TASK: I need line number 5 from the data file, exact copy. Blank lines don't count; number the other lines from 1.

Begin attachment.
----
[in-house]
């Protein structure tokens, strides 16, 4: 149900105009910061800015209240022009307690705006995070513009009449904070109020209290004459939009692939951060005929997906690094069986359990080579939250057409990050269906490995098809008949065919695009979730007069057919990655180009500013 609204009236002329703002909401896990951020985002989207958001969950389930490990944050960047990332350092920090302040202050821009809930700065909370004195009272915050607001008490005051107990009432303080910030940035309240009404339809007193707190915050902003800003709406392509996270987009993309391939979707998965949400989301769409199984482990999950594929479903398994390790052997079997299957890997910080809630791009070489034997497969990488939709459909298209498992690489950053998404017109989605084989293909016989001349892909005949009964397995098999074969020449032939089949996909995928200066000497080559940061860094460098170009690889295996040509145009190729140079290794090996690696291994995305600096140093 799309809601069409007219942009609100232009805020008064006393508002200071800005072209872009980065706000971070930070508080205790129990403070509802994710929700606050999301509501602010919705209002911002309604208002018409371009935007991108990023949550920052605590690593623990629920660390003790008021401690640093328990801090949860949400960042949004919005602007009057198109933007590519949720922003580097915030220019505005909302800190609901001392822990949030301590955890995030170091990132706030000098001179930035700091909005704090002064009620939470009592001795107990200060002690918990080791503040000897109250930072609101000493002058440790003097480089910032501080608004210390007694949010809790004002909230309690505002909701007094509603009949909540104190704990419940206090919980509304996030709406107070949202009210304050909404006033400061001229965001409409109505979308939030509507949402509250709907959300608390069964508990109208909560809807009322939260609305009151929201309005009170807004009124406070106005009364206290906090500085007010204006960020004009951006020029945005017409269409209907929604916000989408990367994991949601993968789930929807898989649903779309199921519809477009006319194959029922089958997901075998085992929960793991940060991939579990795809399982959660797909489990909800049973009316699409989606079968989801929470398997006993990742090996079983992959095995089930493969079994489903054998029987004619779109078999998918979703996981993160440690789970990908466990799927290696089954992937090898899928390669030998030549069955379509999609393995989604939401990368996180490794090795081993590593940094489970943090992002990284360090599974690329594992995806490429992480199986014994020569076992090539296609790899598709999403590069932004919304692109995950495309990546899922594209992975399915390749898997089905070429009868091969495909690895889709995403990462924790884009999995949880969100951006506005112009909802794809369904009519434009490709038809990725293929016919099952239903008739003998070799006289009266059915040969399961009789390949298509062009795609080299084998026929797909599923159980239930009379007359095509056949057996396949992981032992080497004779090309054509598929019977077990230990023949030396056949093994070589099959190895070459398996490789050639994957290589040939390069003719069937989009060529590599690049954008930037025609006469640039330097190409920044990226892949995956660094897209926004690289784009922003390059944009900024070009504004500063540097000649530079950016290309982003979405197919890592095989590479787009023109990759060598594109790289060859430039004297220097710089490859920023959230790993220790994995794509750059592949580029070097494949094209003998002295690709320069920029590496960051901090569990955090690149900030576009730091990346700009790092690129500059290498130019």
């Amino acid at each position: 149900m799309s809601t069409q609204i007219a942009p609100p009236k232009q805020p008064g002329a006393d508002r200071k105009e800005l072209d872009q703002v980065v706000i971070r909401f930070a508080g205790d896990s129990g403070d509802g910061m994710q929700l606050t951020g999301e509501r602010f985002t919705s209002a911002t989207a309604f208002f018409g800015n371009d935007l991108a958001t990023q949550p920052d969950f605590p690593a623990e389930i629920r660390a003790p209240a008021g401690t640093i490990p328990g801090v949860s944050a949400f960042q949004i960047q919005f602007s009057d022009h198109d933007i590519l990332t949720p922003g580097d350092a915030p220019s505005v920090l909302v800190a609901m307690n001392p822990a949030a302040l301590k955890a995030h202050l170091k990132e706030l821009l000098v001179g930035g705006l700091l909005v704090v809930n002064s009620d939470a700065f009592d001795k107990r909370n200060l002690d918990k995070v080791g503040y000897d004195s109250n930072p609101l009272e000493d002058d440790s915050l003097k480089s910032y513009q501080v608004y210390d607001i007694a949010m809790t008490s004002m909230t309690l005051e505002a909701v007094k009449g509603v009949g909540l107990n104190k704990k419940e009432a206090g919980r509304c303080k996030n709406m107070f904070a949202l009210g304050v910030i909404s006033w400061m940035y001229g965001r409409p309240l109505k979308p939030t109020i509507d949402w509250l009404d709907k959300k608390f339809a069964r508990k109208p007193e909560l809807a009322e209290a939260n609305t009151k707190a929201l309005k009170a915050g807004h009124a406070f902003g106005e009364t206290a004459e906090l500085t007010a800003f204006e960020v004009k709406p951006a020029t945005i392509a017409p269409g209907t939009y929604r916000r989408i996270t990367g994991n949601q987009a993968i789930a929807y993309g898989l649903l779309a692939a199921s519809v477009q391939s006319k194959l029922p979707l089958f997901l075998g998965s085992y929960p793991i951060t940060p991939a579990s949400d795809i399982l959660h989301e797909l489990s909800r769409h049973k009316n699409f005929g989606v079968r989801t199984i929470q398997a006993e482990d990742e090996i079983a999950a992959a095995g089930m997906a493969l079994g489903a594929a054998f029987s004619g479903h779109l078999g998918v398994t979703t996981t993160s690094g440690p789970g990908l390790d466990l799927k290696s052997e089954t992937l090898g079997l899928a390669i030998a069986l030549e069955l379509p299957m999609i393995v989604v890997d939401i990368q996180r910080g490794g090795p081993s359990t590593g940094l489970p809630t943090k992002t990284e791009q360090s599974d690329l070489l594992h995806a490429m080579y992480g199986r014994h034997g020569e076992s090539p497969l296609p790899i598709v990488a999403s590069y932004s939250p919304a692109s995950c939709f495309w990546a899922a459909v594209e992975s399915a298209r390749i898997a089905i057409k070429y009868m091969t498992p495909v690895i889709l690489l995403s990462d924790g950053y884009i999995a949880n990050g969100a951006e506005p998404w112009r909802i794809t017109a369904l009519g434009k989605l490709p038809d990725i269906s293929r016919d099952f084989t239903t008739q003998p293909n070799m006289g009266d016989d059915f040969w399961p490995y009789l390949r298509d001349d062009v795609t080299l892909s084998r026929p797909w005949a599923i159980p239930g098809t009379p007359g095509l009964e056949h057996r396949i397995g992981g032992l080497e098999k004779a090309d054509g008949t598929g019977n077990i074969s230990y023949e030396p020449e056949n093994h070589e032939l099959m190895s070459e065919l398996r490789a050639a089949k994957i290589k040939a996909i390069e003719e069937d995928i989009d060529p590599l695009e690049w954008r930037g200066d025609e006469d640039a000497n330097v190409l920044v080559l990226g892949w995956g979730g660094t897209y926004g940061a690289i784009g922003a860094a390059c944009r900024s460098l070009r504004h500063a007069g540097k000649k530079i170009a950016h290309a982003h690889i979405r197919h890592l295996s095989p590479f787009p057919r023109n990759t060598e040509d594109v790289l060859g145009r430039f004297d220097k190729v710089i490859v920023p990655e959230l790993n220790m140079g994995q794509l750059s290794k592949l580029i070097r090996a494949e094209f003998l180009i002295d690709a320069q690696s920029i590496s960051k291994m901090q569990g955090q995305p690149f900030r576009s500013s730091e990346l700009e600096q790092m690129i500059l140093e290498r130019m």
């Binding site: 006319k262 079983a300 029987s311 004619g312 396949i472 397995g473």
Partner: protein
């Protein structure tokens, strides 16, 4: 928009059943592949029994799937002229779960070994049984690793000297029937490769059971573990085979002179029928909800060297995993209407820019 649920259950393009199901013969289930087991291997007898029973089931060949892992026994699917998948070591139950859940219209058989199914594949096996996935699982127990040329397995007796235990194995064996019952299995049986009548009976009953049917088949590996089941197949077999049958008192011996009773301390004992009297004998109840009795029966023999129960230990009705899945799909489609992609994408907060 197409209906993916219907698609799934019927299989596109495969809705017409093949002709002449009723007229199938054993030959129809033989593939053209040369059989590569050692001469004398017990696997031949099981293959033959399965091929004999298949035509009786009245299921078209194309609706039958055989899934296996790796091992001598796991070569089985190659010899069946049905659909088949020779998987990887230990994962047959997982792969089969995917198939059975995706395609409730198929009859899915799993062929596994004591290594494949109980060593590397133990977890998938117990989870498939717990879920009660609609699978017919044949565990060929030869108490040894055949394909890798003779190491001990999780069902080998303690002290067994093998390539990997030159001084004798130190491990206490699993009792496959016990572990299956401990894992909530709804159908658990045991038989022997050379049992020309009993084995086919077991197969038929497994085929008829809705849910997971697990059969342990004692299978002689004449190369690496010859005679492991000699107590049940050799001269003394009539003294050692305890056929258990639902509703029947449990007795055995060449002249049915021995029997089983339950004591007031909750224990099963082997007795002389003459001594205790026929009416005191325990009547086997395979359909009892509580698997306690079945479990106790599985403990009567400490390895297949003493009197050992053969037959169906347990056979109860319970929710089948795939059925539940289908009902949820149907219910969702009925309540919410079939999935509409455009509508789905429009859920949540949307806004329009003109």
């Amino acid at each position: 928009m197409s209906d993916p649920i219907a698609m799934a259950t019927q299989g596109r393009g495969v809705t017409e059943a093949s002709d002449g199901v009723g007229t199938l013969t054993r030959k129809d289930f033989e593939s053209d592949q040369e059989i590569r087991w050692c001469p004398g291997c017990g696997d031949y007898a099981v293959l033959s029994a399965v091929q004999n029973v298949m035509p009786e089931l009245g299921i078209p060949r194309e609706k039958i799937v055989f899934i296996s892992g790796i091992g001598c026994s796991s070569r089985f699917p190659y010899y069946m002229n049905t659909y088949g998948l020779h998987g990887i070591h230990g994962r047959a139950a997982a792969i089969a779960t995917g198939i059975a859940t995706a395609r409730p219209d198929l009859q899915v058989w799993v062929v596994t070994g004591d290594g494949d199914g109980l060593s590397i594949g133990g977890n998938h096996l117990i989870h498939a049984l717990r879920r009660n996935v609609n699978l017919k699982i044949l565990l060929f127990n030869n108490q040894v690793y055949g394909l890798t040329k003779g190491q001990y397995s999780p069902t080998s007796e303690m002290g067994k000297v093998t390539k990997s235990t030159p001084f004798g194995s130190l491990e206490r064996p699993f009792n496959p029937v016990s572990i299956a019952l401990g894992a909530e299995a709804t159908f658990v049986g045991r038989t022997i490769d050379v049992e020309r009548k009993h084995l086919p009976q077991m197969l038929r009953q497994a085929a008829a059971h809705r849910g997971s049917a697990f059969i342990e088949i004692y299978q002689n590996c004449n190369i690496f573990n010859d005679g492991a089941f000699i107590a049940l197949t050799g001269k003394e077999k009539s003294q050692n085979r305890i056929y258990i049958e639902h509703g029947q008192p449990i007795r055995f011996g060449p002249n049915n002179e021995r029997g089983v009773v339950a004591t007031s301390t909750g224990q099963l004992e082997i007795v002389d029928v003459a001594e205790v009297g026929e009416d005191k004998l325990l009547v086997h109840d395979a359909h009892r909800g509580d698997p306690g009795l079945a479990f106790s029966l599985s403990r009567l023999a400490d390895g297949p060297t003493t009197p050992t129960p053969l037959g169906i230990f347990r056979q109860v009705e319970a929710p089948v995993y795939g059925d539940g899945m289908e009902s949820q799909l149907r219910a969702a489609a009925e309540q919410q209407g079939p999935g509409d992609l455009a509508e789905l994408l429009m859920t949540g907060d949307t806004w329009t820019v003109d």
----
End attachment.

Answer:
Partner: protein